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      Rich's Blog: Golson on the big stage

      The last time I saw Everett Golson, he had played the worst game of his entire football career. Shielded from the media, Golson came out of the Notre Dame locker room and stopped to talk with me. He had thrown two interceptions and got the quick hook in the second quarter from Brian Kelly in Notre Dame's 13-6 win over Michigan.

      He had every reason to be down in the dumps and could have just kept on walking by. But that's not Everett Golson. He stopped and gave all the right answers and a quiet confidence that he's going to keep getting better. When the camera was off, I spoke with Golson for a couple of more minutes. I know him well enough that he could have took a moment to vent about not playing well or shake his head in disgust. There was none of that. He wasn't discouraged at all and was anxious to have a full two weeks to prepare for his next opponent. He enjoyed hearing about Myrtle Beach High's win over Conway the night before and more than anything happy to see a familiar face. Trust me, if it were up to him, he'd shy away from all the attention that he's getting in the press, but he knows that it comes with the territory.

      Golson played eight games since that Michigan game and he did get better. He thrived in tough environments like Oklahoma and Southern California and might not have had flashy numbers, but he had the best stat of all - 12 wins and a spot in the BCS National Championship game.

      I've witnessed more than one moment like after the Michigan game in the six years that I've covered Everett Golson that shows the intangibles which has put him on the biggest stage in college football in Miami. It has been fun to watch the country see the well rounded side of Golson who uses music as a creative outlet and has handled the bright spotlight of being a quarterback at one of the biggest brands in all of sports in stride.

      When he threw for 47 touchdowns and just three picks in his junior season at Myrtle Beach, he told Mark Haggard that he was hoping to have no interceptions in his senior year. More than anything else, Everett Golson is a highly motivated individual. It doesn't matter what happens in the title game, one thing's for sure - Golson will be right to work in the offseason figuring out how he can be even better. Before leaving for Miami, he said that if the Irish wins it all in his redshirt freshman season, he'll get greedy and want to get another championship. That's how he is wired. Usually, that kind of mindset goes hand in hand with a huge ego, but not with Golson. He won WPDE's Zoneman Trophy in 2008 and 2009 and was the overwhelming favorite to win it all in his senior season. He suffered an injury against Byrnes early in the season and missed the majority of the regular season. With Zoneman ballots collected after week 11, it would be awkward to vote on a player who played about 10 quarters. Golson withdrew his name from consideration and asked for coaches to vote for one of his teammates for the award. At the Zone Banquet, I asked Golson to present the Trophy to the winner. This was my attempt of throwing him into the fire. Knowing that he would have been perfectly fine to have the spotlight off of him, I wanted to give him this task with the hopes that it would prepare him for what was to come in his college career. Standing on a stage in a room of 200 in a televised event is a daunting task for anyone, yet alone a high school senior. Talking off the top of his head, Golson spoke about what the award meant to him and how honored he was to be part of the legacy of the trophy and then announced that current University of South Carolina running back Shon Carson was the winner. Talking to Kirk Herbstreit and the rest of the national media is a whole lot bigger than the WPDE Zone Banquet, but I left that night knowing that Golson was going to be just fine in dealing with all the attention of being quarterback at Notre Dame.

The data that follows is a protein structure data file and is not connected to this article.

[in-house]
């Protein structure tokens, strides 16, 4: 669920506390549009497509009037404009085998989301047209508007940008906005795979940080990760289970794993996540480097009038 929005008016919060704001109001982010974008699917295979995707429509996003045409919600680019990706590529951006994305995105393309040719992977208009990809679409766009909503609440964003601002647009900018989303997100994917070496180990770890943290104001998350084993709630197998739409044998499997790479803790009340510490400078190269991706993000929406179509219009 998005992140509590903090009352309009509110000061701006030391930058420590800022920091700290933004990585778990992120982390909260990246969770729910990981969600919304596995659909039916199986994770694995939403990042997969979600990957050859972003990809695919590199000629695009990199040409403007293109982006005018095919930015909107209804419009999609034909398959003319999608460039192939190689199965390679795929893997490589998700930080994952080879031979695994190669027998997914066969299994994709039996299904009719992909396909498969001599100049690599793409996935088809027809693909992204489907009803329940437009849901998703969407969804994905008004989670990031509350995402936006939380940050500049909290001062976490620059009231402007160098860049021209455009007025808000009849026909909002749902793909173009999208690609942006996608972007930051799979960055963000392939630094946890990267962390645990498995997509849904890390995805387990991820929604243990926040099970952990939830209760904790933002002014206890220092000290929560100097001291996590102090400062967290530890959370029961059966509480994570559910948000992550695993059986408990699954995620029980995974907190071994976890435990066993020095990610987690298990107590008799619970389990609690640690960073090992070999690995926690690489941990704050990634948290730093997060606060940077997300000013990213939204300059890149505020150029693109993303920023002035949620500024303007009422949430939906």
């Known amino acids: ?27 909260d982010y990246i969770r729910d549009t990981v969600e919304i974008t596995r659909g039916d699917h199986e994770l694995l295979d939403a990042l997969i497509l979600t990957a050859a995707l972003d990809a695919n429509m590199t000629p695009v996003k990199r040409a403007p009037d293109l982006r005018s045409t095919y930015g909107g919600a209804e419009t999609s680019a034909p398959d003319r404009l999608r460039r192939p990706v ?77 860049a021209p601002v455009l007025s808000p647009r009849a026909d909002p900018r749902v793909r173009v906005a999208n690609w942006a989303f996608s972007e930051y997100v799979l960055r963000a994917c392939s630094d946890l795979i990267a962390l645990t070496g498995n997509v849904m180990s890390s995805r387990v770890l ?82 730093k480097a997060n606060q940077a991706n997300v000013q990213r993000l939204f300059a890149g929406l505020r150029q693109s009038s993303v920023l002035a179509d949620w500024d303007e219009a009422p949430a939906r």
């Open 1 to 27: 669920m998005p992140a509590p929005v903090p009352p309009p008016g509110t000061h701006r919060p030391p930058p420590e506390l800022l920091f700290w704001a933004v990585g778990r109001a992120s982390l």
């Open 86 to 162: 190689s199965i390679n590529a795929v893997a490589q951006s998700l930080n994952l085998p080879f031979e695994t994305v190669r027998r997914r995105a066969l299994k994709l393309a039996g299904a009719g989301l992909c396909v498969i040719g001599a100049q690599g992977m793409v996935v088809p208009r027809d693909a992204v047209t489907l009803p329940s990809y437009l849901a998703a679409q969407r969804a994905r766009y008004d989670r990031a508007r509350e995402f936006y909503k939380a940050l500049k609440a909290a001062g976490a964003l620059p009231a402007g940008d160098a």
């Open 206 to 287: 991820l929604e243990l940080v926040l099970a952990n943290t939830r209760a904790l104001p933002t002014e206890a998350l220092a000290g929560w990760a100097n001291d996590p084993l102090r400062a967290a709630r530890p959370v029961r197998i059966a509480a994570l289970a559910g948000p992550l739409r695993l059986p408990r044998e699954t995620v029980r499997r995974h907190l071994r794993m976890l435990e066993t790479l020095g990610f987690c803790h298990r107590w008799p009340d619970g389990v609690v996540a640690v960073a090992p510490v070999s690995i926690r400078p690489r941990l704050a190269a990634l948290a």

I read a great article in USA Today about how young Golson will react on a big stage. The focal point of the article was the 2010 Class 3A championship that saw Myrtle Beach beat South Pointe in Everett's final high school game. I was on the sidelines and saw first hand the adversity Golson faced. Jadeveon Clowney, of South Carolina and future #1 NFL pick fame, threw #5 like a rag doll on the very first play of the game. Myrtle Beach had a blocked punt for a safety and it looked like the Seahawks were overmatched (sounds a lot like the Notre Dame/Alabama talk). Trailing 23-14 at the end of three quarters, Golson threw two TD passes in the fourth quarter in a 27-23 title victory. He didn't have the best game of his career, but he figured out a way to win when it mattered the most.

      There's going to be about 25 million sets of eyeballs watching Everett Golson try and handle the toughest challenge of his career. He's the starting quarterback at Notre Dame and now a household name in all of America. If he plays great, that will be magnified even more. But that isn't going to change who he is at his core. He has the talent and resume to have a massive ego, but instead is the polar opposite. When a superstar comes home for Christmas and says his favorite gift was a candy cane from his Grandma, that's the definition of humble.

      I have no idea what is going to happen between the Fighting Irish and the Crimson Tide. There will be a lot of people with butterflies as they hope that Golson can deliver in the biggest game of his life. Golson is human - he'll have those butterflies, but he'll settle into the flow of the game and do what he does on the big stage.

      Today is Everett Golson Day in Myrtle Beach, as proclaimed by Mayor John Rhodes. It doesn't matter what happens later tonight on the field. The Grand Strand already knows that Everett Golson is a winner.